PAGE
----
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Osteospermum 'Pink Whirls'
A cultivar selected for its intriguing and colourful flowers

A cultivar<ref group="nb">Cultivar has two meanings as explained under Formal definition. When used in reference to a taxon, the word does not apply to an individual plant but to all those plants sharing the unique characteristics that define the cultivar.</ref> is a plant or grouping of plants selected for desirable characteristics that can be maintained by propagation. Most cultivars have arisen in cultivation but a few are special selections from the wild. Popular ornamental garden plants like roses, camellias, daffodils, rhododendrons, and azaleas are cultivars produced by careful breeding and selection for flower colour and form. Similarly, the world's agricultural food crops are almost exclusively cultivars that have been selected for characteristics such as improved yield, flavour, and resistance to disease: very few wild plants are now used as food sources. Trees used in forestry are also special selections grown for their enhanced quality and yield of timber.

Cultivars form a major part of Liberty Hyde Bailey's broader grouping, the cultigen,<ref>{{#invoke:Footnotes|harvard_citation_no_bracket}}</ref> defined as a plant whose origin or selection is primarily due to intentional human activity.<ref>{{#invoke:Footnotes|harvard_citation_no_bracket}}</ref> Cultivar was coined by Bailey and it is generally regarded as a portmanteau of "cultivated" and "variety", but could also be derived from "cultigen" and "variety". A cultivar is not the same as a botanical variety,<ref>{{#invoke:Footnotes|harvard_citation_no_bracket}}</ref> and there are differences in the rules for the formation and use of the names of botanical varieties and cultivars. In recent times the naming of cultivars has been complicated by the use of statutory plant patents and plant breeders' rights names.<ref>See</ref>

The International Union for the Protection of New Varieties of Plants (UPOV – French: Union internationale pour la protection des obtentions végétales) offers legal protection of plant cultivars to people or organisations who introduce new cultivars to commerce. UPOV requires that a cultivar be distinct, uniform and stable. To be distinct, it must have characteristics that easily distinguish it from any other known cultivar. To be uniform and stable, the cultivar must retain these characteristics under repeated propagation.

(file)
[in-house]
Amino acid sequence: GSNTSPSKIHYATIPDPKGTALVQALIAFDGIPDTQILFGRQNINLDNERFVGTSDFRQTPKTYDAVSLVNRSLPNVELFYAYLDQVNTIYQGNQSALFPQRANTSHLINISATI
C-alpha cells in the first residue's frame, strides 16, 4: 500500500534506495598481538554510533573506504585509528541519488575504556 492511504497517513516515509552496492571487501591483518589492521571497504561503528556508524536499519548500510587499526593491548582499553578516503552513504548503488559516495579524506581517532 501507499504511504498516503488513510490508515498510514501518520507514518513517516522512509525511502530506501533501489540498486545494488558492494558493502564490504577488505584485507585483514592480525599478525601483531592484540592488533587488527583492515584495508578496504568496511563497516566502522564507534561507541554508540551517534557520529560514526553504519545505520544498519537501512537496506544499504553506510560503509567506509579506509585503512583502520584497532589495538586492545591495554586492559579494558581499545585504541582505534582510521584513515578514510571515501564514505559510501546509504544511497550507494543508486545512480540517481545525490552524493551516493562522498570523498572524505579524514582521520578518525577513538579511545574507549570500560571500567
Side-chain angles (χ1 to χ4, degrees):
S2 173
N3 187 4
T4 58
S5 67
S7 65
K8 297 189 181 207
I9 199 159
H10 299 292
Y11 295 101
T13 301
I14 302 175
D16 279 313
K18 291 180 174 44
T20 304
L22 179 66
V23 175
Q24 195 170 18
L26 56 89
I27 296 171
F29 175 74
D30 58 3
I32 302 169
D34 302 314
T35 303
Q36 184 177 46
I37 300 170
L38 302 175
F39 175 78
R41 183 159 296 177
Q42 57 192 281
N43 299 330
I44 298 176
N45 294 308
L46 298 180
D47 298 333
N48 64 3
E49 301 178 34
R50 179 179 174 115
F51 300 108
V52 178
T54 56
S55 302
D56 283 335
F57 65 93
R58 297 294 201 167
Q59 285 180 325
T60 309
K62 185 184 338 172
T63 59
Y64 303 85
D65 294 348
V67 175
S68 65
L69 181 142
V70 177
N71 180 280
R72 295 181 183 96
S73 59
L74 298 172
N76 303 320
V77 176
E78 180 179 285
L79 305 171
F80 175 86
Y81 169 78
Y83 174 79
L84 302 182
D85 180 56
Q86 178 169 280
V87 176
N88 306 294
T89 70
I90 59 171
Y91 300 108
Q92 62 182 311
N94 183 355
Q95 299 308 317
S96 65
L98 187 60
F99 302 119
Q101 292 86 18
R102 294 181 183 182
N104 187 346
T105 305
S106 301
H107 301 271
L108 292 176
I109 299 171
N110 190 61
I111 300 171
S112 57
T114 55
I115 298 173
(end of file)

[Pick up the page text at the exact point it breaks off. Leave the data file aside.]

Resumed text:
The naming of cultivars is an important aspect of cultivated plant taxonomy, and the correct naming of a cultivar is prescribed by the Rules and Recommendations of the International Code of Nomenclature for Cultivated Plants (the ICNCP, commonly known as the Cultivated Plant Code). A cultivar is given a cultivar name, which consists of the scientific Latin botanical name followed by a cultivar epithet. The cultivar epithet is usually in a vernacular language. For example, the full cultivar name of the King Edward potato is Solanum tuberosum 'King Edward'. The 'King Edward' part of the name is the cultivar epithet which, according to the Rules of the Cultivated Plant Code, is bounded by single quotation marks.<ref name="Brickell 2009 19">Cultivated Plant Code Article 14.1 {{#invoke:Footnotes|harvard_citation_no_bracket}}</ref>

Cultivar sections
Intro   Origin of term    Formal definition    Different kinds of cultivar    Cultivar names    Group names    Legal protection of cultivars and their names    International Cultivar Registration Authorities    See also    Notes    References    Bibliography    External links   

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